Tearing

 

Why do the eyes produce tears?

The lacrimal gland and other small glands located inside the eyelid and on the white part of the eye constantly produce tears to keep the eye moist, lubricated and healthy.

 

How do tears drain from the eye?

Tears are produced by glands around the eye and are washed across the eye toward the nose. They drain from the eye through two small openings called the upper and lower puncta, which are located at the inside corner of the upper and lower eyelids near the nose. The tears then move through a passage called the canaliculus and into the lacrimal sac. From the sac, the tears then drop down the tear duct, called the nasolacrimal duct, and drain into the back of the nose and throat. That is why your nose runs when you cry.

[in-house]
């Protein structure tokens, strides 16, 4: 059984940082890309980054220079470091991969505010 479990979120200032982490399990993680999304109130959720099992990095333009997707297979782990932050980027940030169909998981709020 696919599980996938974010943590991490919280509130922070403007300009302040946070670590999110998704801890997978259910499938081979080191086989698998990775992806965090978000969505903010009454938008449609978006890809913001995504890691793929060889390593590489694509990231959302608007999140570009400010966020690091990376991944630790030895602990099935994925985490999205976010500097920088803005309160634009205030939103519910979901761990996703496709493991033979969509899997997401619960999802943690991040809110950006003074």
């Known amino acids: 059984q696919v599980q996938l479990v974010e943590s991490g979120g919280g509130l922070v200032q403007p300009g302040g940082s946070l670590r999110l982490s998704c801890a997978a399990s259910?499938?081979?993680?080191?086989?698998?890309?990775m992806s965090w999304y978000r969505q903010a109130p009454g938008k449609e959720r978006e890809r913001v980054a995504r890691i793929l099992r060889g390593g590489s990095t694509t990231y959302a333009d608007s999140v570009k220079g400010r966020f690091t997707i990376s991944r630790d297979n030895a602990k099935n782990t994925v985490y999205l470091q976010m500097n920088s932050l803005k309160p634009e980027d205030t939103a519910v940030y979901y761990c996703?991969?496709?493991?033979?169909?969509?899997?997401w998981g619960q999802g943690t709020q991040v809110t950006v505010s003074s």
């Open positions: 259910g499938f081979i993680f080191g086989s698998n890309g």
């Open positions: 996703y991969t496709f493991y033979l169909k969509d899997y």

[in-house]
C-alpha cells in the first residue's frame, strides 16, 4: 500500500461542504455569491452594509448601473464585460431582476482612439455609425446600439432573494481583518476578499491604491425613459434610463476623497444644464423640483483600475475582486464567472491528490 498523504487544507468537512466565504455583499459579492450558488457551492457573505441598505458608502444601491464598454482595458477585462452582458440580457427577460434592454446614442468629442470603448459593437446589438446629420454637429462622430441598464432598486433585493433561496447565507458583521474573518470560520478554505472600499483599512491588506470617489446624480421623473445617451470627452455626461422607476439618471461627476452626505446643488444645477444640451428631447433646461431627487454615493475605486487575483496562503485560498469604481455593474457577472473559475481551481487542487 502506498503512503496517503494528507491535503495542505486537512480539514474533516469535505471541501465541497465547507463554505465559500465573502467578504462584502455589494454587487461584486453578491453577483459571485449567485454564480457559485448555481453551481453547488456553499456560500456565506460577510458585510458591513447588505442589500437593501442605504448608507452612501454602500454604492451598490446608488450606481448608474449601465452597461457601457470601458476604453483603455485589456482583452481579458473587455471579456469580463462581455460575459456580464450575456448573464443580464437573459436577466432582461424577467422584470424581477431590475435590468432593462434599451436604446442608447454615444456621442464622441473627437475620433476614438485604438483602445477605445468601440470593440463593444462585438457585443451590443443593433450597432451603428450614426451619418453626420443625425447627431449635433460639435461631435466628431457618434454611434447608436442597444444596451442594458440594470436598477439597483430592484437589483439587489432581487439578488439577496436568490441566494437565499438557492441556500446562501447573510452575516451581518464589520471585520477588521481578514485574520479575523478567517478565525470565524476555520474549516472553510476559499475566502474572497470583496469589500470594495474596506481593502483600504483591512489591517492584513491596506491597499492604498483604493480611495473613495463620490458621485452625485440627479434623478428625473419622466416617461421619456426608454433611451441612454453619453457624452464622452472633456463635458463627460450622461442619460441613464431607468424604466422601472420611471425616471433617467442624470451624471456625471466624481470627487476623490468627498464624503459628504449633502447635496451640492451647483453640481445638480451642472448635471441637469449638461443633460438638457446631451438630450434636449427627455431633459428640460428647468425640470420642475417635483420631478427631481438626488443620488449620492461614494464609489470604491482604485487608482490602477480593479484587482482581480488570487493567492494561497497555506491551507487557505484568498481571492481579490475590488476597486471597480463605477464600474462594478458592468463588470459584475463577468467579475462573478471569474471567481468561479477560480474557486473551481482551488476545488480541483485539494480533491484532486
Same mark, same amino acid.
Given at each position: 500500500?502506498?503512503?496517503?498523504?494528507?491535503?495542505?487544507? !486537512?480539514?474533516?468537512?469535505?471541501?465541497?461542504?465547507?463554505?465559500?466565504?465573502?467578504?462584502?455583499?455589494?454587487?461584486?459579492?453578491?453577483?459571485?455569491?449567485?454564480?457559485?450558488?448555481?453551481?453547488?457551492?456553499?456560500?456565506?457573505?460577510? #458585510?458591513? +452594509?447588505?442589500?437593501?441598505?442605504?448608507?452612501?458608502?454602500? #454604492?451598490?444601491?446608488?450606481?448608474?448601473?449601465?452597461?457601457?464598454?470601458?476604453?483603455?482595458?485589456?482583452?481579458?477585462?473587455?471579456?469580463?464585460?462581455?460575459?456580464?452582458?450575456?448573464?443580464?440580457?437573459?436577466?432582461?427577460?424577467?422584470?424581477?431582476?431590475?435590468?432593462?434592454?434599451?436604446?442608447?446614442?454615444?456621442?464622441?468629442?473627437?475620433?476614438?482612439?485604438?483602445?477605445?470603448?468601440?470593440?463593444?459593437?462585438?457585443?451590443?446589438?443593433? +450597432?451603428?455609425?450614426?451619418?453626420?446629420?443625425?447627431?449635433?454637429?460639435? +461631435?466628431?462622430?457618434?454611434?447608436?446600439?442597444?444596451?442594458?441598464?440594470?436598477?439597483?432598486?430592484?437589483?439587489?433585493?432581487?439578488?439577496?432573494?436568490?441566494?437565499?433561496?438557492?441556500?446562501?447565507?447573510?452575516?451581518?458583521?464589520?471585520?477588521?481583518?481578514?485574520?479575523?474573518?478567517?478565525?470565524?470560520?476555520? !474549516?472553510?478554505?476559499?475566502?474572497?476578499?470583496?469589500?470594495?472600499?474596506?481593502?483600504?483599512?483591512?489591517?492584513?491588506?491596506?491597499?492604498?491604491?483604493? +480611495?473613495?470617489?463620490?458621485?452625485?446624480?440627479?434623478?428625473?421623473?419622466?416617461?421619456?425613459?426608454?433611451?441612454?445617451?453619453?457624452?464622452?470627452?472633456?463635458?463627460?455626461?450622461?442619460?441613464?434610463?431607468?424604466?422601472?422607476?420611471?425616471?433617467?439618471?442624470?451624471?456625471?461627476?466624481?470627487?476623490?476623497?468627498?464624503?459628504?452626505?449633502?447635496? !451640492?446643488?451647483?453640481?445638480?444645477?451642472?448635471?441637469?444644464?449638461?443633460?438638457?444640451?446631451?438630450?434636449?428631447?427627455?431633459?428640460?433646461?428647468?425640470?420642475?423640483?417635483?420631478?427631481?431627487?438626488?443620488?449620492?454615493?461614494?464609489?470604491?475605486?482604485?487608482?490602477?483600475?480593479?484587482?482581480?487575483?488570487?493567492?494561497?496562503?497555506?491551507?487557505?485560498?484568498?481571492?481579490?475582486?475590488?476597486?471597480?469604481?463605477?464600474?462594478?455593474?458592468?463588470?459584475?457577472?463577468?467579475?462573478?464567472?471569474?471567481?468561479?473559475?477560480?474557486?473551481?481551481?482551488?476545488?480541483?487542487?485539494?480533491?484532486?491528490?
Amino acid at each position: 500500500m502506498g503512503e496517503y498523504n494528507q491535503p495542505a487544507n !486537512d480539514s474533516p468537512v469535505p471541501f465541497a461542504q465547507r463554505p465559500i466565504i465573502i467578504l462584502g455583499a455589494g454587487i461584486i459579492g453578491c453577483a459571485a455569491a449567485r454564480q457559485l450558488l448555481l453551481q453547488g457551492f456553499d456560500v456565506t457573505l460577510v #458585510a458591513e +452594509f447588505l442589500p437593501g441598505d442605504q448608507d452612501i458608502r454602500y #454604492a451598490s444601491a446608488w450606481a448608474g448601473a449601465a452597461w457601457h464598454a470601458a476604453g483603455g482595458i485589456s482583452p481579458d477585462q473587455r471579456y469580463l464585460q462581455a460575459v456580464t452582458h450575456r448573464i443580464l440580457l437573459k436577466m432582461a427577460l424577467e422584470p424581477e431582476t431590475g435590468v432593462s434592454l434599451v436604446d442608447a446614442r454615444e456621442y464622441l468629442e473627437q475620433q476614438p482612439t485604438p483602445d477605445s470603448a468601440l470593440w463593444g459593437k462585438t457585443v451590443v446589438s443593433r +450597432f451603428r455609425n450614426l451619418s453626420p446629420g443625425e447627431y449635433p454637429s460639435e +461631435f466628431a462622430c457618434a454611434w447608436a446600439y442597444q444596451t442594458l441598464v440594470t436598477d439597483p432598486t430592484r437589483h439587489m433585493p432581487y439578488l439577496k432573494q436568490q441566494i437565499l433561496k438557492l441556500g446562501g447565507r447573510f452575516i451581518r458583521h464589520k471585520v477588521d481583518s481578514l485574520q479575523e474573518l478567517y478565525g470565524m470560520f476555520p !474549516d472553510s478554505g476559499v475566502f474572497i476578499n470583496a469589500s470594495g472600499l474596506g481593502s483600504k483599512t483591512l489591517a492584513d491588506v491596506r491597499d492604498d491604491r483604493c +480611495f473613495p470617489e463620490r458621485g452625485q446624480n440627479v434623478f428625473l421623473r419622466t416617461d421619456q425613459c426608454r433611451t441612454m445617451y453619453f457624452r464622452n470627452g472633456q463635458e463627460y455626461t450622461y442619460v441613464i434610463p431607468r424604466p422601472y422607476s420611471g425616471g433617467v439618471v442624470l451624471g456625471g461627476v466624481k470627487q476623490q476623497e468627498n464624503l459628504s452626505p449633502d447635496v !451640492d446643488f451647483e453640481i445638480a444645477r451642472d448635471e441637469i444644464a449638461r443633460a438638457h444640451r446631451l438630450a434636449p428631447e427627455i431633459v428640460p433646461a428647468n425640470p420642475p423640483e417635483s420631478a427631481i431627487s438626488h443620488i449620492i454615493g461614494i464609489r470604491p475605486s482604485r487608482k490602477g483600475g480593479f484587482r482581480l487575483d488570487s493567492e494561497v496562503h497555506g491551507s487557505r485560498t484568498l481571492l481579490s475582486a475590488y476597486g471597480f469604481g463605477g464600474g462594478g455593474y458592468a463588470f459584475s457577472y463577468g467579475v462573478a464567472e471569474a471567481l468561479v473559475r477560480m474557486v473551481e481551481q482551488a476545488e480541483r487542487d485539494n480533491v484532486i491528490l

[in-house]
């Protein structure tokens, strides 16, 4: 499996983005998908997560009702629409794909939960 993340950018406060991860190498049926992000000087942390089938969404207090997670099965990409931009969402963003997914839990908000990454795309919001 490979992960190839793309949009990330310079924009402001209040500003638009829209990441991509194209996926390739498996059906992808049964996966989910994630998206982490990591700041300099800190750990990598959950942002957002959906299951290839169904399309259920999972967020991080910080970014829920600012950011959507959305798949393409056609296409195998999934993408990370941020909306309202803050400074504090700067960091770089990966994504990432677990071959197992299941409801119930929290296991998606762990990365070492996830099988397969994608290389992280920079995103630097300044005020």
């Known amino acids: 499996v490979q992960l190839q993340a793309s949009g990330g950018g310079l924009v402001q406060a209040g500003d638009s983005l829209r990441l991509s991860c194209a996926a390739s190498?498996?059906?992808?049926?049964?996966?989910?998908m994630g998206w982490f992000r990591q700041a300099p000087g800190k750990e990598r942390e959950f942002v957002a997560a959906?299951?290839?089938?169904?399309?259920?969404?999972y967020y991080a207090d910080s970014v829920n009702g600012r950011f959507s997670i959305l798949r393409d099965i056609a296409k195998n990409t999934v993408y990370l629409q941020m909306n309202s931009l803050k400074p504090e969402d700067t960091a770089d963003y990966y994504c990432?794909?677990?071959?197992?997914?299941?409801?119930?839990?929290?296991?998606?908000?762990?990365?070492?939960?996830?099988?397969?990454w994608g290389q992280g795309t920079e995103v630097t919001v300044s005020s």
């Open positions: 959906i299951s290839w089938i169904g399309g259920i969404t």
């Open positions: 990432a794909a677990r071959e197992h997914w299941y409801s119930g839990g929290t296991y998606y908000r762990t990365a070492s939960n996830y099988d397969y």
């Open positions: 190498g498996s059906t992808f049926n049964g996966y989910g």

Excessive tearing may occur from the following:

There are many causes of tearing.   The most common causes of tearing include:

  • Dry eyes or a tear film deficiency;
  • Infection or other blockage of the lacrimal (tear) drainage system;
  • Allergic reaction;

 

A thorough eye examination is necessary to determine the cause of excessive tearing. Dr. Landa may also:

  • Irrigate your tear drainage system with fluid to make sure the pathway is open;
  • Measure tear production;
  • Illuminate the tear drain with a fluorescent dye test;
  • Perform computerized tomography (CT) scanning.

 

How is excessive tearing treated?

Once Dr. Landa determines the cause, treatment may include one or more of the following:

  • Adding a new opening from the lacrimal sac into the nose, a procedure known as dacryocystorhinostomy (DCR);
  • Use of lubricating eyedrops or ointment;
  • Treatment of allergies

Dr. Landa will discuss the most appropriate form of treatment with you.